Running Fastball vs. Cutter
Throwing the right baseball pitches - whether you are a starting pitcher in Little League, a reliever in Minor League, or an MLB All-Star - can confound a batter and earn you a strikeout, your team an out, or better yet, earn you a no-hitter. One of the main types of pitches is the fastball, which can be varied by the pitcher's grip, wrist motion, pitcher’s arm speed and angle of delivery toward home plate.
The cutter and the running fastball are two ways of throwing a fastball.
A running fastball is thrown by a right-handed pitcher to a right-handed hitter or a lefty pitcher to a left-handed hitter. The ball breaks -- or angles -- to the inside of the batter's hands -- towards the torso of the body. Pitching coach John A. Bagonzi notes that the running fastball can be the most effective fastball pitch, especially if it is very fast and turns late in its travels.
A cutter is a type of fastball that goes to the inside of a batter’s body, but is thrown by the opposite hand of the pitcher -- for example, left-handed pitchers against right-handed batters. This pitch type, thrown by Major League Baseball great Greg Maddux, looks like it will pass straight over the plate, but curves at the last second, often causing the batter to strike out.
Differences in Velocity
The differences in the pitches come down to which hand the pitcher throws the ball and hand grip. For running fast balls, it is righty pitchers to righty batters or lefty to lefty, and for cutters it is righty to lefty or, rarely, lefty to righty.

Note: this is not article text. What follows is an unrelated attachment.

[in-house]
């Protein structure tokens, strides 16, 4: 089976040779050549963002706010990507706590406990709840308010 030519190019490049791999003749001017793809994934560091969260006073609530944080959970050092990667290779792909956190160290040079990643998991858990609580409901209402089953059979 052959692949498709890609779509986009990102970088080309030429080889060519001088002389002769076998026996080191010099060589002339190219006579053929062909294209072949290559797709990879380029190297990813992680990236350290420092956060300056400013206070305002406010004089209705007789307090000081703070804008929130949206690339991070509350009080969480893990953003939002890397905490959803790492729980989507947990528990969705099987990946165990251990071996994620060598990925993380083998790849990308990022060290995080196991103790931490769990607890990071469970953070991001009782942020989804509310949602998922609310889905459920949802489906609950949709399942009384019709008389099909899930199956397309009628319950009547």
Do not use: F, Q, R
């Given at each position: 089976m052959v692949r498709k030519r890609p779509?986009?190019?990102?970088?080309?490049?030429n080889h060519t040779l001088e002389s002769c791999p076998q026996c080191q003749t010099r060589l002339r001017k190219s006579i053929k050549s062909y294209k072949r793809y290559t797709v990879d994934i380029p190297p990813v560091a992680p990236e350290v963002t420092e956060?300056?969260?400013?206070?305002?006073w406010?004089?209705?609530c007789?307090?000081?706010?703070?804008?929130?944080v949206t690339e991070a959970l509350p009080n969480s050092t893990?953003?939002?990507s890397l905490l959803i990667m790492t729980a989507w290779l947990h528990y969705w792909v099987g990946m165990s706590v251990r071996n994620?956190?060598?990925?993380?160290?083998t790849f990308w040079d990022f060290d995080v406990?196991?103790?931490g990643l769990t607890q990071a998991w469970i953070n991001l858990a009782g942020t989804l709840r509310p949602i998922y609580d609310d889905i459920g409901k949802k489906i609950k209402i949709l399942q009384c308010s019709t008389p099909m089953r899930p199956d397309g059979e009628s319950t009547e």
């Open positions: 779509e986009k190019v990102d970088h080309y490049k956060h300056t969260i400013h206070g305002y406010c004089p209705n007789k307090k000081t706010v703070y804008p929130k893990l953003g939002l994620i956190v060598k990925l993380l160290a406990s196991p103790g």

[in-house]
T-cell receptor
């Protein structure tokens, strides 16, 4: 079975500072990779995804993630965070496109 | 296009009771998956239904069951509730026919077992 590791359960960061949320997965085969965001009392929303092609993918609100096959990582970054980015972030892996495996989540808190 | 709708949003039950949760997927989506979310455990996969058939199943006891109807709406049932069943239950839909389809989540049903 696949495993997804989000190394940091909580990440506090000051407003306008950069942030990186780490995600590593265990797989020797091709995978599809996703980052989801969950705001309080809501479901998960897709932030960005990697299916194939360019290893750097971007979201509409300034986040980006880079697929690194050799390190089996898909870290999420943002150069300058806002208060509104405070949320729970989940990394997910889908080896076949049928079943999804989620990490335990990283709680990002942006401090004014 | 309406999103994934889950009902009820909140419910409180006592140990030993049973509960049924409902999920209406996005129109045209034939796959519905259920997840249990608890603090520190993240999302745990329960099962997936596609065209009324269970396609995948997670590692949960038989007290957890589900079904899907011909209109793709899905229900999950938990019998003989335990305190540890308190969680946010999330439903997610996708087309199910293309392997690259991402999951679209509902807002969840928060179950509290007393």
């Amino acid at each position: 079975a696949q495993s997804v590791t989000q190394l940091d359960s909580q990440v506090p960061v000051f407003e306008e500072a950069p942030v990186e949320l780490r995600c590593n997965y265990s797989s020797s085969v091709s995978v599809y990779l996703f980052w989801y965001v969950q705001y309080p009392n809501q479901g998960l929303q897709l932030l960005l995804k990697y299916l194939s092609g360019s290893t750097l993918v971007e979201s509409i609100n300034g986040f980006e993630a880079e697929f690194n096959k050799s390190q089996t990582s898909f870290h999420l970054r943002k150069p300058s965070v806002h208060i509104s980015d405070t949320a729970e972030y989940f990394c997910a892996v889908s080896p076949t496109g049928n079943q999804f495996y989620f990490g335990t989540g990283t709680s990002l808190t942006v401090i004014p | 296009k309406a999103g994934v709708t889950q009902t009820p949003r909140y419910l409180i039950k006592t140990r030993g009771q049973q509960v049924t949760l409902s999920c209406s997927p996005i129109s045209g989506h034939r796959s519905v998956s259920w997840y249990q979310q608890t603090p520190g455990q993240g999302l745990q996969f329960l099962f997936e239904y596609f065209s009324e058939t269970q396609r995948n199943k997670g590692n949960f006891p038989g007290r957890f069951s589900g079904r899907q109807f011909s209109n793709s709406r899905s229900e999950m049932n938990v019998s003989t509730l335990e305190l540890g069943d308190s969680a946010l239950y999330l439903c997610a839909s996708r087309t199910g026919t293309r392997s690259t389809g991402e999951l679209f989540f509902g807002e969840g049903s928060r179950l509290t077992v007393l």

Cutters require pressure from the middle finger and a slight spin that helps it turn -- or cut -- late enough to surprise the batter, notes Bagonzi. To throw a running fastball, a three-quarter arm motion with pressure from the index finger put on an 11 o’clock position on the ball helps create the movement of the ball at the last moment. Running fastballs can usually reach full velocity, while cutters may be 2 to 3 mph slower.
Elements of Confusion
While both pitches can fool a batter, a cutter is particularly deceiving as it looks a lot like a regular fastball, Bagonzi explains. While a cutter seems much like a slider, a cutter is more subtle. The slider has a more defined spin, but a cutter is almost impossible to see until it is too late.
Mixing these pitches in with a curveball, four-seam fastball, sinker, changeup, two-seam fastball, cut fastball, splitter, forkball, screwball, or even a knuckleball will surely knock hitters off-center and catch them off guard, leading to easy ground balls or strike outs early in the inning.
New York Yankees’ Mariano Rivera’s Cutter video
Mariano Rivera's cutter is a pitch people have tried for a long time to emulate. A basic YouTube search gives you thousands of people trying to do just that. Here is one such video.
- TheCompletePitcher: Different Baseball Pitches
- Sports Mogul: Glossary of Pitches
- TheCompletePitcher.com: Pitching Grips - How To Grip And Throw Different Baseball Pitches
- Coach and Athletic Director: What Makes Greg Maddux So Good and Can We Teach It?
- The Pitching Professor: Doctoring the Fastball
- On The Mound with Greg Maddox; Matt Christopher
Andrea Cespedes is a professionally trained chef who has focused studies in nutrition. With more than 20 years of experience in the fitness industry, she coaches cycling and running and teaches Pilates and yoga. She is an American Council on Exercise-certified personal trainer, RYT-200 and has degrees from Princeton and Columbia University.